UPDATE 10-Oil prices rise 2% after tanker attacks near Iran

Reuters

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    * Both crude benchmarks jump as much as 4.5%
    * U.S. Navy assisting tankers after distress calls
    * Position of tankers: https://tmsnrt.rs/2X6nIQF 
    * U.S. crude stocks rise further: https://tmsnrt.rs/2XkQF8e

 (Updates prices, adds Pompeo statement)
    By Collin Eaton
    HOUSTON, June 13 (Reuters) - Oil prices settled 2.2% higher
on Thursday after attacks on two oil tankers in the Gulf of Oman
stoked concerns of reduced crude trade flows through one of the
world's key shipping routes. urn:newsml:reuters.com:*:nL4N23K1S2
    The attacks near Iran and the Strait of Hormuz reignited
worries about an impact to flows from the Middle East if
insurance companies begin to reduce coverage for voyages through
the region and additional shipping companies suspend new
bookings, analysts said. 
    Such a disruption "could further exacerbate the supply
problem," said Andy Lipow, an analyst at Lipow Oil Associates in
Houston. 
    Oil tanker owners DHT Holdings and Heidmar suspended new
bookings to the Mid-East Gulf, three ship brokers said.
 urn:newsml:reuters.com:*:nL8N23K3SY
    "This is the second attack in a month's time," said John
Kilduff, a partner at Again Capital LLC in New York. "It raises
the ante for insurance risk." 
    Tensions in the Middle East have escalated since U.S.
President Donald Trump withdrew from a 2015 multinational
nuclear pact with Iran and reimposed sanctions, notably
targeting Tehran's oil exports. 
    Iran, which has distanced itself from the previous attacks,
has said it would not be cowed by what it called psychological
warfare.         
    The episode also fed fears of a new confrontation between
Iran and the United States, which blamed Tehran for the
incident. 
    U.S. Secretary of State Mike Pompeo said the United States
has assessed Iran was behind the attacks, and arrived at its
conclusion based on intelligence, weapons used and the level of
expertise needed for the attacks on the tankers in the Gulf of
Oman. 
    Also supporting oil bulls were signs that Organization of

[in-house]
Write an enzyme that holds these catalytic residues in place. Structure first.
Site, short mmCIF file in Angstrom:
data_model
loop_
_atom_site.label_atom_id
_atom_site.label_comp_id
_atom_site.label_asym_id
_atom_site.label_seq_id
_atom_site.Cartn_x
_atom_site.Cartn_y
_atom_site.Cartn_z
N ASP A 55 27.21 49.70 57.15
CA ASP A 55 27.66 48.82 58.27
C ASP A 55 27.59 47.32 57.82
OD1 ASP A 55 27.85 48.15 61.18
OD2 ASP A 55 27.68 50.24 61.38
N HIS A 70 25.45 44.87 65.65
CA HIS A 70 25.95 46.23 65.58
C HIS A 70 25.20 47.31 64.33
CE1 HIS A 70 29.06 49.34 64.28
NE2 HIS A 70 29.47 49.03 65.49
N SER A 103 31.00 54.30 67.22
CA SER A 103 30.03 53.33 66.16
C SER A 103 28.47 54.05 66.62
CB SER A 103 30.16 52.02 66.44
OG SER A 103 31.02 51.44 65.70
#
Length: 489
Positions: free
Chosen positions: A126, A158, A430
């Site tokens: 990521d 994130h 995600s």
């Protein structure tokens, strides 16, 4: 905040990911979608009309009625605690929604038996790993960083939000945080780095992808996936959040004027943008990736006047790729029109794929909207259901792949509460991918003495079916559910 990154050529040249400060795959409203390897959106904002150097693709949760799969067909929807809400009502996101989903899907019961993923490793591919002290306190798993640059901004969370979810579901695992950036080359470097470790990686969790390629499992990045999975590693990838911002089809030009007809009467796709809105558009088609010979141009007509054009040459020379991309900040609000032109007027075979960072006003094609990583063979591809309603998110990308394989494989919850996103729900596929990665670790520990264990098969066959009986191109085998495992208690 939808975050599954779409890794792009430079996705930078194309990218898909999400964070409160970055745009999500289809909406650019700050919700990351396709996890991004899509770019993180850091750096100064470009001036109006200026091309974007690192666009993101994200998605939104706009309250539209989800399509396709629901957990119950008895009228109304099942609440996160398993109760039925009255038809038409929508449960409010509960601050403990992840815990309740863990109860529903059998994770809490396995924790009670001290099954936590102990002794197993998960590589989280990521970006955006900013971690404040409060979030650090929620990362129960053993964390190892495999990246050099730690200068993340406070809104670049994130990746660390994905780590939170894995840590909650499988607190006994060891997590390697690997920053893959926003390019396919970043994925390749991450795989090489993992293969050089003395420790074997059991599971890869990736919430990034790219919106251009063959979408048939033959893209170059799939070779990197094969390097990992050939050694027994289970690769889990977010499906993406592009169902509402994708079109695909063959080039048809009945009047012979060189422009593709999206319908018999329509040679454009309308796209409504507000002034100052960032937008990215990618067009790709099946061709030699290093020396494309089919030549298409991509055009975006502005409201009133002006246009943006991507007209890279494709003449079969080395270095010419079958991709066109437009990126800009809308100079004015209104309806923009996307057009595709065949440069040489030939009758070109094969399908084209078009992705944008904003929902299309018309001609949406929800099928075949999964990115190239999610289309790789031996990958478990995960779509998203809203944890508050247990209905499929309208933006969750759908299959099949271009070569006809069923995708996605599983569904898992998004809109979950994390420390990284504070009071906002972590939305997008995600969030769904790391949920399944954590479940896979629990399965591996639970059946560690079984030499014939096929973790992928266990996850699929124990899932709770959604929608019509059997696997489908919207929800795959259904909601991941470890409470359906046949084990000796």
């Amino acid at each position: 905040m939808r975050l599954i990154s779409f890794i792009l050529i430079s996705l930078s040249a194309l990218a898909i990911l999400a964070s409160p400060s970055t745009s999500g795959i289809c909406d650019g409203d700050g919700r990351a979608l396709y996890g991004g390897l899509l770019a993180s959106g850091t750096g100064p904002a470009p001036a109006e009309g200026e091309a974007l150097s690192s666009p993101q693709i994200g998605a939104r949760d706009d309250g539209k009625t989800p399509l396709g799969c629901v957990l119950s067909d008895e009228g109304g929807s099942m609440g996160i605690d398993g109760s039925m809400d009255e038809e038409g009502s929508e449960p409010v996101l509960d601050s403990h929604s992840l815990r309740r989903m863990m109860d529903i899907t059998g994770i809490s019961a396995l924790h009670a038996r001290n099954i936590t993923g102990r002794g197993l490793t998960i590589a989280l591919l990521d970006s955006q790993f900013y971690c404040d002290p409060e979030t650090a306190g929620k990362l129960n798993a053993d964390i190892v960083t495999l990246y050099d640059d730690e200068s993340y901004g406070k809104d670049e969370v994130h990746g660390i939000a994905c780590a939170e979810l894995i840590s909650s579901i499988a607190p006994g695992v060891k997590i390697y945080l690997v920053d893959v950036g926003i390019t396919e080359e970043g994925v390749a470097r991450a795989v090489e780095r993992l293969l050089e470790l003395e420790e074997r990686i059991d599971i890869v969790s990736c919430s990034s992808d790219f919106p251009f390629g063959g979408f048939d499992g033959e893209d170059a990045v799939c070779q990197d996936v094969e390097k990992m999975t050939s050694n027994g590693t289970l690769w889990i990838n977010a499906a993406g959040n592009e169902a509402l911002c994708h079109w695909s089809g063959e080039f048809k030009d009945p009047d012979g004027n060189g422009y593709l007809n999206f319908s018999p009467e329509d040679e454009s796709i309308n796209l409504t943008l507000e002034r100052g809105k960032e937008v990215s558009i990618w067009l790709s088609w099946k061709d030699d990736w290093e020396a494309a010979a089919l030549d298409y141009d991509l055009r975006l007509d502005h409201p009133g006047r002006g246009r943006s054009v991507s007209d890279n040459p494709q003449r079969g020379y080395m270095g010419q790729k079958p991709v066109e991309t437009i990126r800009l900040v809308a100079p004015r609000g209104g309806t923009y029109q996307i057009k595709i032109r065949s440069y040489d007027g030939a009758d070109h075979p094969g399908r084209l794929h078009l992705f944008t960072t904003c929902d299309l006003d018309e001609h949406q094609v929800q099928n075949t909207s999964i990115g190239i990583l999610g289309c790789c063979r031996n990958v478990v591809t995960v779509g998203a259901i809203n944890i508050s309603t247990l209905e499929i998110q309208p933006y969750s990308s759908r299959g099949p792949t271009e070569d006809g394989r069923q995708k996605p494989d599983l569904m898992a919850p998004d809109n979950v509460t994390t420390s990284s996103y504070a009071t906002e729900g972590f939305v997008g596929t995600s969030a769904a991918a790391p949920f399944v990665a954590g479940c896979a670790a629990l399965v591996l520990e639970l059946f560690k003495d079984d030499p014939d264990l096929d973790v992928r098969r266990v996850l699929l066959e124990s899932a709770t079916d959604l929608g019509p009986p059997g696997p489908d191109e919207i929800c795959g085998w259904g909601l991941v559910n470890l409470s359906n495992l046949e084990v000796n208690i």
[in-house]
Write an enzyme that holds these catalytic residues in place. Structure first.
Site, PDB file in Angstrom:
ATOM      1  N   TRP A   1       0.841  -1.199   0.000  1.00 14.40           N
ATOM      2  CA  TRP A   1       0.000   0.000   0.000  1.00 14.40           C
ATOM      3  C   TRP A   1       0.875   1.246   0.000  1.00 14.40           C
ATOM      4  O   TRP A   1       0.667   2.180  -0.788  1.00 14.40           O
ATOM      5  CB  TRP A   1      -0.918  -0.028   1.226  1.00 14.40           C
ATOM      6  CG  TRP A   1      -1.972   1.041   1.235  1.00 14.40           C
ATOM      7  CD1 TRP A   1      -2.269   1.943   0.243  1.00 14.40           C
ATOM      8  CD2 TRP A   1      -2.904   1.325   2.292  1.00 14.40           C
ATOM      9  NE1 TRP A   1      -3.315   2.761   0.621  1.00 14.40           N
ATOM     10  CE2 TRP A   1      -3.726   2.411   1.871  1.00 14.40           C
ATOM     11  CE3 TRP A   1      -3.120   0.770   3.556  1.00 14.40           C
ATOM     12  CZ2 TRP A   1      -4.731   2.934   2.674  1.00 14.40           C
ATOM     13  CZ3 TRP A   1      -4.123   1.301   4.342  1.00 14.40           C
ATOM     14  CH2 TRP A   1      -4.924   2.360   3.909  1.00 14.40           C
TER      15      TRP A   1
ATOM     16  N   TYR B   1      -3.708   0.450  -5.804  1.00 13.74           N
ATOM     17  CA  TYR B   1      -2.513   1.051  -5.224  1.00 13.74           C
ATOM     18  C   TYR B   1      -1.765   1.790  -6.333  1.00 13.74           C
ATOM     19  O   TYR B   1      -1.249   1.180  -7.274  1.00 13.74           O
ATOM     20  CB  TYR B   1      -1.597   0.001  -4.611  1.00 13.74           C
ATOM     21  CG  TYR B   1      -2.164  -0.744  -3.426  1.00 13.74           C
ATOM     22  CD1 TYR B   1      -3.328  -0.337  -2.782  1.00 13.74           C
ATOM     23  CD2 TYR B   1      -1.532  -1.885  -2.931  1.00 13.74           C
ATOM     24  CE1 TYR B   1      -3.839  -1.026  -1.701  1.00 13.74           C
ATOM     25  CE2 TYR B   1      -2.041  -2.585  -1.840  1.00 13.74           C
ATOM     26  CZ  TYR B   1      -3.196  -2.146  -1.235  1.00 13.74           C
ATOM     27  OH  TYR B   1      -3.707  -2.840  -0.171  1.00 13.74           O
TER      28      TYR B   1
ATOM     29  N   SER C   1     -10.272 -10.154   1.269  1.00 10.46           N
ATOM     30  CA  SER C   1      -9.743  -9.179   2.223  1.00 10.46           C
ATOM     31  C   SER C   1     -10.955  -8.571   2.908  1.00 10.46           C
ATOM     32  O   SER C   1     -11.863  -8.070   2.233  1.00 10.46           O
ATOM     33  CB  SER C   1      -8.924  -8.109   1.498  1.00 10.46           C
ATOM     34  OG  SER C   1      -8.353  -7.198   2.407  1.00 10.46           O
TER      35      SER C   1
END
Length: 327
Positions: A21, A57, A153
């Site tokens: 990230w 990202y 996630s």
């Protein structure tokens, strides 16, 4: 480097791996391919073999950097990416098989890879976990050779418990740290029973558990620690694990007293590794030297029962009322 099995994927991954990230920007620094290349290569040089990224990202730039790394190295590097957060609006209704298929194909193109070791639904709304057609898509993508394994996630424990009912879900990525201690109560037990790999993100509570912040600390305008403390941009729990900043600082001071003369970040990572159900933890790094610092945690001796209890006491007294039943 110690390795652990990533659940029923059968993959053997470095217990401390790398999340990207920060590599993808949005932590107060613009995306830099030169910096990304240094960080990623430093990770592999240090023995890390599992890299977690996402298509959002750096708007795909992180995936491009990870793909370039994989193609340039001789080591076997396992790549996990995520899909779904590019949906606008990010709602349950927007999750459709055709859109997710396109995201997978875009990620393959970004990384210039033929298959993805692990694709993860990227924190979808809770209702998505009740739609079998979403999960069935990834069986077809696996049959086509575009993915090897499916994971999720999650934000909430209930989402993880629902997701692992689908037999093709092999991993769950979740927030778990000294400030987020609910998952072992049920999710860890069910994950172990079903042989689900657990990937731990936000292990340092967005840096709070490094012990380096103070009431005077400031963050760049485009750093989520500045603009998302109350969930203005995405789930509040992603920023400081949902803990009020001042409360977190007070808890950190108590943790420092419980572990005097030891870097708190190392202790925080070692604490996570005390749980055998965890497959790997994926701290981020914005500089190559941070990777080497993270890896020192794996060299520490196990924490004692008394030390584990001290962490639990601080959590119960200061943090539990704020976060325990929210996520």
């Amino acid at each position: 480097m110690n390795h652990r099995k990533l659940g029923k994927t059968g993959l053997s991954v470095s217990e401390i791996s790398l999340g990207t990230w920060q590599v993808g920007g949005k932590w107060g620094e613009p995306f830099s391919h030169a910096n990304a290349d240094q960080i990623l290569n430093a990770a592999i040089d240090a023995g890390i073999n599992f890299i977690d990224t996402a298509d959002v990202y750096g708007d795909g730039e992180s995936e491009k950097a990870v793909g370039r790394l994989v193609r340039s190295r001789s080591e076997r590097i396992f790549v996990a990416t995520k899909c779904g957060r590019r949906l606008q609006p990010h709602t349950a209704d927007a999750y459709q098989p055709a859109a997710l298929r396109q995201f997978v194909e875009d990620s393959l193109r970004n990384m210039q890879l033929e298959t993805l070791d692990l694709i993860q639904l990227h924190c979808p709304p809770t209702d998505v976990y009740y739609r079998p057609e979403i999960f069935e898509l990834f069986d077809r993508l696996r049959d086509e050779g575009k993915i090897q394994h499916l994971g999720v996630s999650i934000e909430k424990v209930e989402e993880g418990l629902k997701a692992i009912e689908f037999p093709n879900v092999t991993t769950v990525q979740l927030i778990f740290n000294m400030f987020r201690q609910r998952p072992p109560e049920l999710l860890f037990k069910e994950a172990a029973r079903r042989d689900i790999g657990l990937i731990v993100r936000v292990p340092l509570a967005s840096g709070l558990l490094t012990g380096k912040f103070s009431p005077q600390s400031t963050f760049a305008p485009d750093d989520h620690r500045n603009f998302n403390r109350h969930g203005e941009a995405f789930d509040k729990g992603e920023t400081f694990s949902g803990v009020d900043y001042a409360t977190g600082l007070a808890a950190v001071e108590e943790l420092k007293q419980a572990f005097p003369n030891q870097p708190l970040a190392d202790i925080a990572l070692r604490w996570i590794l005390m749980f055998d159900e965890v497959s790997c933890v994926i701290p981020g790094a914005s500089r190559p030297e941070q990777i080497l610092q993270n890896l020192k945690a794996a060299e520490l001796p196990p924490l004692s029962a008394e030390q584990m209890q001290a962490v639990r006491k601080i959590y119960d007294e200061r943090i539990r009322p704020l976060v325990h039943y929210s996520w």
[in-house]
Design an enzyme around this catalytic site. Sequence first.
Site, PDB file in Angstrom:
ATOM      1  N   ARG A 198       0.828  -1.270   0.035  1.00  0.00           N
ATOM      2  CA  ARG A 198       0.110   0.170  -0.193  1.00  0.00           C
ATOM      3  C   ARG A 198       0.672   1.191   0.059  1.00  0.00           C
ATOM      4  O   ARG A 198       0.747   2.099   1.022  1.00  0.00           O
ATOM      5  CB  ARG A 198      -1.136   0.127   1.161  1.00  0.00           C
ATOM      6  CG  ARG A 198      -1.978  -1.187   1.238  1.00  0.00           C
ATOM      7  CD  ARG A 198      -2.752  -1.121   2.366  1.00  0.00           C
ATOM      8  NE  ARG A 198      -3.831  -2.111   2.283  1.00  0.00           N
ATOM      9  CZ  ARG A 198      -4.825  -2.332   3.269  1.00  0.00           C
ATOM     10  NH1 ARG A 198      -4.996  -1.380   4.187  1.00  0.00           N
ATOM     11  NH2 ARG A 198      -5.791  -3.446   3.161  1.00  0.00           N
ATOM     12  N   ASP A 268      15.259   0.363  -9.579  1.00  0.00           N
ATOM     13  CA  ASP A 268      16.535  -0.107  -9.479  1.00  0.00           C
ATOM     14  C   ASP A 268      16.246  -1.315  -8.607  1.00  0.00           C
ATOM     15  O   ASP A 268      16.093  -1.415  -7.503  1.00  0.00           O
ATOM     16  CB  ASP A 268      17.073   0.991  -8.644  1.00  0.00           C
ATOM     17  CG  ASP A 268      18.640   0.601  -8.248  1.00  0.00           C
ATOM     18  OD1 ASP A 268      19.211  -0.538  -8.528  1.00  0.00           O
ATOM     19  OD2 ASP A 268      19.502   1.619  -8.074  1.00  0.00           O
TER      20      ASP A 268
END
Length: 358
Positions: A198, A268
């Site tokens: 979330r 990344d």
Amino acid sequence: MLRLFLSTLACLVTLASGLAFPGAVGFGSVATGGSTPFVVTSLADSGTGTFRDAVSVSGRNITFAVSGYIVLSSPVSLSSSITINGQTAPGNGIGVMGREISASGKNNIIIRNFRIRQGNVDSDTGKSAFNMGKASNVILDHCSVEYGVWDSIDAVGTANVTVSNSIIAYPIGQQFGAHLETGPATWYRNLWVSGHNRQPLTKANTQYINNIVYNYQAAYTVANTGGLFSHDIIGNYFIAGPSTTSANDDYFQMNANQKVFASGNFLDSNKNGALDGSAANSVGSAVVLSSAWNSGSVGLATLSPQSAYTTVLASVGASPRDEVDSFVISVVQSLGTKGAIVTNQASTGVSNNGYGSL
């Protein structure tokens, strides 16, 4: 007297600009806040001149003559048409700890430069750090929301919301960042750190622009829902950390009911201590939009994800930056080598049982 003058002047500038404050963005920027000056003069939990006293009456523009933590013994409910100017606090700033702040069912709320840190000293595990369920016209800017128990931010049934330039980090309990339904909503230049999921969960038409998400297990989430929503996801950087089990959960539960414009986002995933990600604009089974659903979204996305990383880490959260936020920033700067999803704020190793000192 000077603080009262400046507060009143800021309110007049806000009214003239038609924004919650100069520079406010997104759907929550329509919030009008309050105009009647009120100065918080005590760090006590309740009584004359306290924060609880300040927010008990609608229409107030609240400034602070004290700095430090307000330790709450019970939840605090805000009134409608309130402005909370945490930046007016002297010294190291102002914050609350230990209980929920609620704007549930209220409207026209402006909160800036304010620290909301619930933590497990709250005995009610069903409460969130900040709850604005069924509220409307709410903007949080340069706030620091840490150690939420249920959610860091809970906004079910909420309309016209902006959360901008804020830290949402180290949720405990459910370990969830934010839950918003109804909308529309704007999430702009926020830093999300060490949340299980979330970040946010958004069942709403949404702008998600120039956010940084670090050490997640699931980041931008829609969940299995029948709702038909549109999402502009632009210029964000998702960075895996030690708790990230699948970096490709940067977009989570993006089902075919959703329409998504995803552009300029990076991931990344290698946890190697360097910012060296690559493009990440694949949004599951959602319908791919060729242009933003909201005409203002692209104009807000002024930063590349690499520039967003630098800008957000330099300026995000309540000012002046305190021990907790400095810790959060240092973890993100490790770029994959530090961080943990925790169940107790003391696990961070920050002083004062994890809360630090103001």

the Petroleum Exporting Countries (OPEC) members were close to
agreeing on continued production cuts.  urn:newsml:reuters.com:*:nL8N23J3ZW

    Brent crude futures  LCOc1  settled up $1.34, or 2.23%, at
$61.31, having risen as much as 4.5% to $62.64. 
    U.S. West Texas Intermediate crude futures  CLc1  were up
$1.14, or 2.23%, at $52.28 a barrel. WTI earlier rose as much as
4.5% to $53.45.     
    U.S. stocks rose after two days of declines, with the S&P
energy index rising the most among the 11 major S&P sectors.
 urn:newsml:reuters.com:*:nL4N23K3OX
    Analysts said the price swings were subdued by recent grim
forecasts for global crude demand. 
    "It's a surprise that the market reaction has been so
muted," said Derek Brower, a director at RS Energy Group. "For
traders, worries about the weakening global oil-demand picture
are front of mind and enough to trump real, live geopolitical
threats to physical supply." 
    Global crude demand growth will come in at 70,000 barrels
per day (bpd) less than previously expected this year, around
1.14 million bpd, OPEC projected in its monthly oil market
report.  urn:newsml:reuters.com:*:nL8N23K396
    "Significant downside risks from escalating trade disputes
spilling over to global demand growth remain," OPEC said in the
report.  
    The U.S. Energy Department this week lowered its forecast of
global demand to 1.2 million bpd, down by 200,000 bpd from its
May forecast. 
    Analysts have also revised global oil demand growth
forecasts lower after the U.S.-China trade war has escalated
since last month with an expanding exchange of tariffs. 
    Energy consultancy FGE and British bank Barclays this week
revised down their global oil demand growth forecasts to around
1 million bpd from around 1.3 million bpd.  urn:newsml:reuters.com:*:nL4N23J28C
    The forecast revisions come as investors grow increasingly
worried about trade talks between the United States and China,
which may be revived at the G20 summit in Japan in late June. 
    "The market has settled into the idea that trade
negotiations will be protracted," said Harry Tchilinguirian,
global head of commodities research at BNP Paribas. "Naturally,
the extension of trade disputes could weigh on economic growth."
    Both crude benchmarks are set for their biggest daily rises
since early January, but they are nevertheless headed for a
weekly loss.
    Oil prices had slumped in the previous session on an
unexpected rise in U.S. crude stockpiles  USOILC=ECI  and a
dimming outlook for global oil demand.  EIA/S   urn:newsml:reuters.com:*:nL4N23J0NR
    For an interactive graphic on U.S. crude stocks, click https://tmsnrt.rs/2XkQF8e
    
 
    

    <^^^^^^^^^^^^^^^^^^^^^^^^^^^^^^^^^^^^^^^^^^^^^^^^^^^^^^^^^^^
TECHNICALS-Brent oil may bounce into $60.71-$61.39    
 urn:newsml:reuters.com:*:nL4N23K0KX
Interactive graphic on U.S. crude stocks    https://tmsnrt.rs/2XkQF8e
Graphic on world oil balance:    https://tmsnrt.rs/2R36azu
TECHNICALS-U.S. oil may bounce to $52.33 before falling   
 urn:newsml:reuters.com:*:nL4N23K0WY
Position of evacuated tankers in Gulf of Oman    https://tmsnrt.rs/2X6nIQF
Brent crude movements    https://tmsnrt.rs/2RapRFG
    ^^^^^^^^^^^^^^^^^^^^^^^^^^^^^^^^^^^^^^^^^^^^^^^^^^^^^^^^^^^>
 (Additional reporting by Shadia Nasralla in London and Aaron
Sheldrick in Tokyo; Editing by Sonya Hepinstall and Phil
Berlowitz)
 ((Collin.eaton@thomsonreuters.com; 713-210-8509))

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